Even with 90% mitigation, the Ajax application outlines some increases in particulate matter for areas of upper Aberdeen. With the uncertainty around reaching 90%, the increases in particulate matter may be greater than forecast in the application. At the Ajax town hall in June 2017, Dr Kamran Golmohammadi stated “my professional opinion is that there will be episodes of significant increase in particulate matter”
These will have negative health impacts on some residents. SLR’s Dr Muttray confirmed that even short term exposure to PM 2.5 for people with already compromised respiratory systems (eg. those with Asthma) can have negative health impacts.
Dr Golmohammadi also stated that it is very difficult to assess the mental health impacts of anxiety among those very concerned about the mine. The uncertainty around mental health impacts is also a big concern for me.
Ajax would undoubtedly bring many jobs and a lot of economic activity to Kamloops and region. However, with our strong and diverse economy, in my view, these positives are outweighed by the negative health impacts. Kamloops economic success no longer rests on one project or one industry.
In saying this, we as a council need to continue to encourage good paying natural resource based jobs in Kamloops. And I commit to helping in any way I can with that effort.
- Monitoring challenges: In his March 17th letter, Ralph Adams notes that a monitoring and migation “strategy carries risk. The strategy is based on the assumption that any issues that arise during the life of the mine could be resolved with additional mitigation meaures; however, there may be issues where no practical or economically feasible solution can be found.” He goes to state that “if the mine goes ahead the development of the monitoring and mitigation plans will be critical and are likely to require the most comprehensive, complex, and expensive monitoring systems that have been attempted for any mine in BC.”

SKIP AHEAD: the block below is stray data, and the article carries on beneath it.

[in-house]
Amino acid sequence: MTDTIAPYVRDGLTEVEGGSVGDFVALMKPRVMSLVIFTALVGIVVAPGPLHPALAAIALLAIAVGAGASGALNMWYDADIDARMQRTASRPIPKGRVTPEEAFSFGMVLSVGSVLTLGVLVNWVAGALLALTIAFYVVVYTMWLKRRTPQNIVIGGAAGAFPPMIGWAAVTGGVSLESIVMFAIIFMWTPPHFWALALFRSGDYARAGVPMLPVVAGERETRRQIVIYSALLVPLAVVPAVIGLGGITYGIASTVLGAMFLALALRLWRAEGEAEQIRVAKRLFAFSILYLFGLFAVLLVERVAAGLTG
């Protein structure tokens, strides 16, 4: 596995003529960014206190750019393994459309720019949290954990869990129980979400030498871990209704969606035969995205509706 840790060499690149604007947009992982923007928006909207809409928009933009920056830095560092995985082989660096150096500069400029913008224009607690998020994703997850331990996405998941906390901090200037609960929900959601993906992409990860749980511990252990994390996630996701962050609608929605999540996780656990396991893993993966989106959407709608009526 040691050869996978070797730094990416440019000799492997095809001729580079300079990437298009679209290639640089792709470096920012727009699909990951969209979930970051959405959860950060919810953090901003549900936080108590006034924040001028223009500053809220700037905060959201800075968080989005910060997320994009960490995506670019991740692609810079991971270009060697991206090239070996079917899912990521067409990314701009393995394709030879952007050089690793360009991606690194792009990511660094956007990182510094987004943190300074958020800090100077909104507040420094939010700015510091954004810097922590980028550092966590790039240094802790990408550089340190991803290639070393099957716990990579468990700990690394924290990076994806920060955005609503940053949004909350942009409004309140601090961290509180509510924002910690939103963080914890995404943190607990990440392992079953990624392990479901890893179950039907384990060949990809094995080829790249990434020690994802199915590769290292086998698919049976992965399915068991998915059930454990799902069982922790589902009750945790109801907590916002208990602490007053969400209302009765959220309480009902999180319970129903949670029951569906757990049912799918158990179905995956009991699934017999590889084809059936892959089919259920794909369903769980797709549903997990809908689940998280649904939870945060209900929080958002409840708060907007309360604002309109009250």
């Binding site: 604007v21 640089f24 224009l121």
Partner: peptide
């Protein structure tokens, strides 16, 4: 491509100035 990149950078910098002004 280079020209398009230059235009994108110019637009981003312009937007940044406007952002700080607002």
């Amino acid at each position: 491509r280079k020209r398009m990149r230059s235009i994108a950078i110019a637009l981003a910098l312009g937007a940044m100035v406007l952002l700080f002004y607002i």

With our local experience with provincial government challenges in monitoring the Owl Road landfill, i am skeptical that we can always rely on comprehensive, complex, and expensive monitoring systems to prevent or mitigate negative impact.
The ownership structure of KGHM may also impact the long term stability of the company’s monitoring plans. KGHM largest shareholder is the Government of Poland. And when governments change in Poland, as happened in the past couple of years, there can be a change of philosophy that may result in less robust monitoring on the ground.
- Potential loss of doctors: I don’t think all physicians in Kamloops oppose the Ajax proposal. Enough have, however, to cause me a significant concern about a loss of doctors in the community if the proposal is approved. At different Ajax townhalls, we have had neurologists, general practitioners, rehabilitation specialists, and pediatricians express their opposition.
- Potential loss of community diversity and cohesion: The Ajax proposal has attracted a lot of significant support in the community. It also unfortunately has split the community in terms of support and opposition. If the proposal is approved, I fear that Kamloops will lose some of the diversity I treasure. I think major economic projects should bring the community together. KGHM, despite a significant effort, has not been able to achieve this.